Rory McIlroy says ‘common sense’ has prevailed after a California judge threw out of court the actions from three LIV Golf players – Talor Gooch, Matt Jones, and Hudson Swafford – to contest this week’s FedEx Cup Play-Offs in Memphis.
As we know, U.S. District Court Judge Beth Labson Freeman heard arguments from attorneys representing both the PGA Tour and a consortium of eleven LIV-affiliated players on Tuesday afternoon. The trio of LIV players were seeking a temporary restraining order that would permit them to compete in this week’s tournament, the first event of the FedEx Cup playoffs.
However, after a two-hour hearing, Judge Freeman ruled that the players had not proven that they would suffer “irreparable harm” if they were not permitted to play. She also indicated that the players were fully aware of the potential consequences of joining LIV when they did earlier this summer, and that they had earned a substantial amount of purse revenue as a result of their decision to play on the LIV tour. Accordingly, the LIV players will not be in the field this week or the rest of the PGA Tour playoffs.
The players’ temporary restraining order was only one part of a much larger lawsuit that the LIV players, led by Phil Mickelson, have brought against the Tour on antitrust grounds. That suit charges that the PGA Tour has engaged in anti-competitive behaviour and coerced other entities in the golf world — the four majors, various vendors, courses — to shun LIV and its players.
Following the ruling, McIlroy found himself again facing LIV Golf related questions ahead of this week’s event.
“From my vantage point, common sense prevailed and I thought it was the right decision, and now that that has happened, I think it just lets us focus on the important stuff, which is the golf, and we can all move forward and not have that sideshow going on for the next few weeks, which is nice,” he said.
McIlroy was commenting in returning to competition this week in the first of the three FedEx Play-Off Series events and his first tournament since the bitter disappointment of letting slip victory at the 150th Open Championship at St. Andrews.
McIlroy is now eight years removed from his last major championship win with back-to-back triumphs at the game’s highest level in 2014. Since then he’s contested 30 majors posting two seconds and the latest heartache being a last day 70 on the Old Course – but having no answer to Aussie Cam Smith’s closing 64 to see the golfer with the mullet haircut joining fellow Aussie Peter Thomson and Kel Nagle winning golf’s oldest major at the Home of Golf.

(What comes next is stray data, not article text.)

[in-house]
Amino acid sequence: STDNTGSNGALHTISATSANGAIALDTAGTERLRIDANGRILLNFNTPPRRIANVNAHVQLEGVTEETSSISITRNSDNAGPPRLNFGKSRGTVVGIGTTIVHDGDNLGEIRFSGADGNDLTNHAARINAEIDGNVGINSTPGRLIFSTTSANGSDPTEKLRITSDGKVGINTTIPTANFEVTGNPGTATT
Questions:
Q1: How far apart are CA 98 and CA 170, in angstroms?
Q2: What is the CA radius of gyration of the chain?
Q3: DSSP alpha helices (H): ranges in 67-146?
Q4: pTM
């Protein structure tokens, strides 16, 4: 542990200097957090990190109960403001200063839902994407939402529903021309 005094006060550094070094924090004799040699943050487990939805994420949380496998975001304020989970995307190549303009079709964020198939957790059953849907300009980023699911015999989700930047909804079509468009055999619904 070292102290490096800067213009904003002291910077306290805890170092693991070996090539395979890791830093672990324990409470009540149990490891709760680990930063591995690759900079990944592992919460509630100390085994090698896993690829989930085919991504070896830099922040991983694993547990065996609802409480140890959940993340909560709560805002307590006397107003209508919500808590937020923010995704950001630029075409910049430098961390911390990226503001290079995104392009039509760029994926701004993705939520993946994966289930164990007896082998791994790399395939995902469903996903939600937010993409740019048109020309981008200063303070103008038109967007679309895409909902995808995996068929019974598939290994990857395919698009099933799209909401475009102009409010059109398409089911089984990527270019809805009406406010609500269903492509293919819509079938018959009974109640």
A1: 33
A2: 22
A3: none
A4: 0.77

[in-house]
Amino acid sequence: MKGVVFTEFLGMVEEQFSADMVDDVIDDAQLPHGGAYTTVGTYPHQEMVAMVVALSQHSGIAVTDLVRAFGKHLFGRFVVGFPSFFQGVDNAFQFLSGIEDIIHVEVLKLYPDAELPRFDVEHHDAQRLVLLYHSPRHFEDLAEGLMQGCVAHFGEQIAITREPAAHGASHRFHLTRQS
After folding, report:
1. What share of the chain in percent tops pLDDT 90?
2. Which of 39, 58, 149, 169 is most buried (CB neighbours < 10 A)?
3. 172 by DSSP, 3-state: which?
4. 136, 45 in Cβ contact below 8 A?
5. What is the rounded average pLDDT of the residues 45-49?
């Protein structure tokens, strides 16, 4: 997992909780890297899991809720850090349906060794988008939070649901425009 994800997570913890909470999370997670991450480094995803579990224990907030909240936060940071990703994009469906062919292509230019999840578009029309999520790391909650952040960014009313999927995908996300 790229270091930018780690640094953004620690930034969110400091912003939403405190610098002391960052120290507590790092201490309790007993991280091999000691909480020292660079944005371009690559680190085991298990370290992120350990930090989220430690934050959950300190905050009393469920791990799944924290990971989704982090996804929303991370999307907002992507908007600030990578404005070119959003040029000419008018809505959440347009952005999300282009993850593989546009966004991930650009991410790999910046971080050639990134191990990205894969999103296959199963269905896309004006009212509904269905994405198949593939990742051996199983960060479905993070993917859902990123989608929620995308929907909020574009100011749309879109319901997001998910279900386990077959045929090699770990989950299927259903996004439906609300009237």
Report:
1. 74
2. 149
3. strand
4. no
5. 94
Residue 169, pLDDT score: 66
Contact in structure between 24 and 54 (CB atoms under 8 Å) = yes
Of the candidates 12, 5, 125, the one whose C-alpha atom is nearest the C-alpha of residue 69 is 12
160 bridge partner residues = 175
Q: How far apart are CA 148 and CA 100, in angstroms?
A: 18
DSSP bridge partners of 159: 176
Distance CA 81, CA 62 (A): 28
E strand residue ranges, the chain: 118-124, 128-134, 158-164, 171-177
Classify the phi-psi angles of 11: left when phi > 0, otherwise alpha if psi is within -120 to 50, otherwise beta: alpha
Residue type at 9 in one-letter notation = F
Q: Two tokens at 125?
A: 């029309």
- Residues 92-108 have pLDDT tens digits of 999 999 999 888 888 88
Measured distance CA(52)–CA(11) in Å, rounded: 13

And coming up the 72nd hole knowing Smith had a first claret jug wrapped-up was not only a bitter pill McIlroy had to swallow but led to a restless ‘where did it all go wrong’ Sunday night.
“That night was tough. The few days after it I was OK, I guess”, he said.
“It probably took me three or four days to be, you know, to sort of get back to myself again. But I think what softened the blow a little bit, I felt — I should have got the ball up and down on nine, 12 and 14. Those are sort of — you could maybe say the third hole as well, but apart from that, I didn’t feel — I didn’t lose it. I think that’s what made it a little easier to get over.
“The fact that Cam went out and shot 30 on the back nine and, you know, I stood on the 10th tee with a two-shot lead and birdied the 10th and I didn’t make birdies at 12 or 14 or 18, but 18 didn’t really matter in the end. You know, that’s the only two things I can really think about that I would have done differently. So that made it a little easier to get over. It’s not as if I went out there, shot 75. I went and played a solid round of golf, didn’t get as much out of it as I was hoping for, but I think because of how I played, it made it I guess just a little easier to get over”.
McIlroy spent the first two weeks since The Open chilling out in the London area before returning to his luxury Bears Club abode last week in Florida and back onto the practice range.
“We sort of stayed in the U.K. for a couple weeks after The Open, spent two weeks down around the London area, which is really nice”, he said. “I just completely just got away from golf. I took two weeks off, didn’t touch a club, didn’t see the inside of a gym, probably didn’t eat a vegetable. Sort of just two weeks of vacation, and then was back in Florida last week and getting back into it.
“I was just trying to get myself ready and prepared for the three weeks coming up. It was nice to take that little break, felt like I needed it, and feel refreshed and ready to go for the Playoffs”.
So, an obvious question came in, what does McIlroy need to do to capture an eight-year removed major win No. 5?
“If I keep playing like that in major championships, the law of averages suggests that I’m going to get myself back in the winner’s circle eventually, so I think it’s more looking at it in that way than the other way,” he said. “I played really solid, I shot 18-under par around St. Andrews for four days and it wasn’t quite good enough to get the job done. If I keep playing the way I’ve been playing in the bigger tournaments, again, as I said, the law of averages would suggest that I’m going to get myself a trophy at some point”.
McIlroy is a two-time FedExCup champion and enters the week No. 6 in the FedExCup standings as he looks to become the first player to win the season-long race three times. McIlroy has five wins in FedExCup Playoffs events, the second-most of any player (6, Dustin Johnson).
Joining McIlroy this week are Seamus Power and Shane Lowry.
Four players who qualified for the Play-Offs have not entered – Daniel Berger (injury), Tommy Fleetwood (personal), Lanto Griffin (injury), Nate Lashley (injury).
IRISH TEE OFF TIMES (IRISH)
Seamus Power – 6.33pm (1st tee)
Rory McIlroy – 7.06pm (1st tee)
Shane Lowry – 7.06pm (10th tee)